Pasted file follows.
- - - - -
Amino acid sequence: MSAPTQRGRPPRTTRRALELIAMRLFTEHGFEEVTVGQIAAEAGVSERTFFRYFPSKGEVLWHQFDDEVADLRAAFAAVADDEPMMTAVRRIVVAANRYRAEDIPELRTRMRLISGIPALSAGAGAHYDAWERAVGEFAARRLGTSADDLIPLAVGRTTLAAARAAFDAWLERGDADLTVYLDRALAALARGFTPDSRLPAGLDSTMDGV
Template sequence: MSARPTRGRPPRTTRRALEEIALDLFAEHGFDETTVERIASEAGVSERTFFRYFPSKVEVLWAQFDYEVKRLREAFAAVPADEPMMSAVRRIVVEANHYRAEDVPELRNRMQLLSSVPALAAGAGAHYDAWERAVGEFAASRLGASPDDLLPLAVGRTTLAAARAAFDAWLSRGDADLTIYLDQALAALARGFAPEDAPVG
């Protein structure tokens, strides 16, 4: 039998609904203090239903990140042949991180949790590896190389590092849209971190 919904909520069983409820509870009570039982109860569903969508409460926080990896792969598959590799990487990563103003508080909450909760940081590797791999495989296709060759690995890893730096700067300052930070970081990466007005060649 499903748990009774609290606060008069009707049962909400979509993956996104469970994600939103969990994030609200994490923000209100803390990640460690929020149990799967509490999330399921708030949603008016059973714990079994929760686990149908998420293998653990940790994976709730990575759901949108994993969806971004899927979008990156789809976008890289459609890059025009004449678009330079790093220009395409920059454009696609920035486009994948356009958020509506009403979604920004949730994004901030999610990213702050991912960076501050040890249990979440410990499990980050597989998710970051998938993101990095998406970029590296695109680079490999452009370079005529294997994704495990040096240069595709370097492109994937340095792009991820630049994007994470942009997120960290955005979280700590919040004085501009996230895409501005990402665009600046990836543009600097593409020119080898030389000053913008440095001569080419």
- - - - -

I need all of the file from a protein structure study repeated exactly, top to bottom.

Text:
Amino acid sequence: MSAPTQRGRPPRTTRRALELIAMRLFTEHGFEEVTVGQIAAEAGVSERTFFRYFPSKGEVLWHQFDDEVADLRAAFAAVADDEPMMTAVRRIVVAANRYRAEDIPELRTRMRLISGIPALSAGAGAHYDAWERAVGEFAARRLGTSADDLIPLAVGRTTLAAARAAFDAWLERGDADLTVYLDRALAALARGFTPDSRLPAGLDSTMDGV
Template sequence: MSARPTRGRPPRTTRRALEEIALDLFAEHGFDETTVERIASEAGVSERTFFRYFPSKVEVLWAQFDYEVKRLREAFAAVPADEPMMSAVRRIVVEANHYRAEDVPELRNRMQLLSSVPALAAGAGAHYDAWERAVGEFAASRLGASPDDLLPLAVGRTTLAAARAAFDAWLSRGDADLTIYLDQALAALARGFAPEDAPVG
């Protein structure tokens, strides 16, 4: 039998609904203090239903990140042949991180949790590896190389590092849209971190 919904909520069983409820509870009570039982109860569903969508409460926080990896792969598959590799990487990563103003508080909450909760940081590797791999495989296709060759690995890893730096700067300052930070970081990466007005060649 499903748990009774609290606060008069009707049962909400979509993956996104469970994600939103969990994030609200994490923000209100803390990640460690929020149990799967509490999330399921708030949603008016059973714990079994929760686990149908998420293998653990940790994976709730990575759901949108994993969806971004899927979008990156789809976008890289459609890059025009004449678009330079790093220009395409920059454009696609920035486009994948356009958020509506009403979604920004949730994004901030999610990213702050991912960076501050040890249990979440410990499990980050597989998710970051998938993101990095998406970029590296695109680079490999452009370079005529294997994704495990040096240069595709370097492109994937340095792009991820630049994007994470942009997120960290955005979280700590919040004085501009996230895409501005990402665009600046990836543009600097593409020119080898030389000053913008440095001569080419």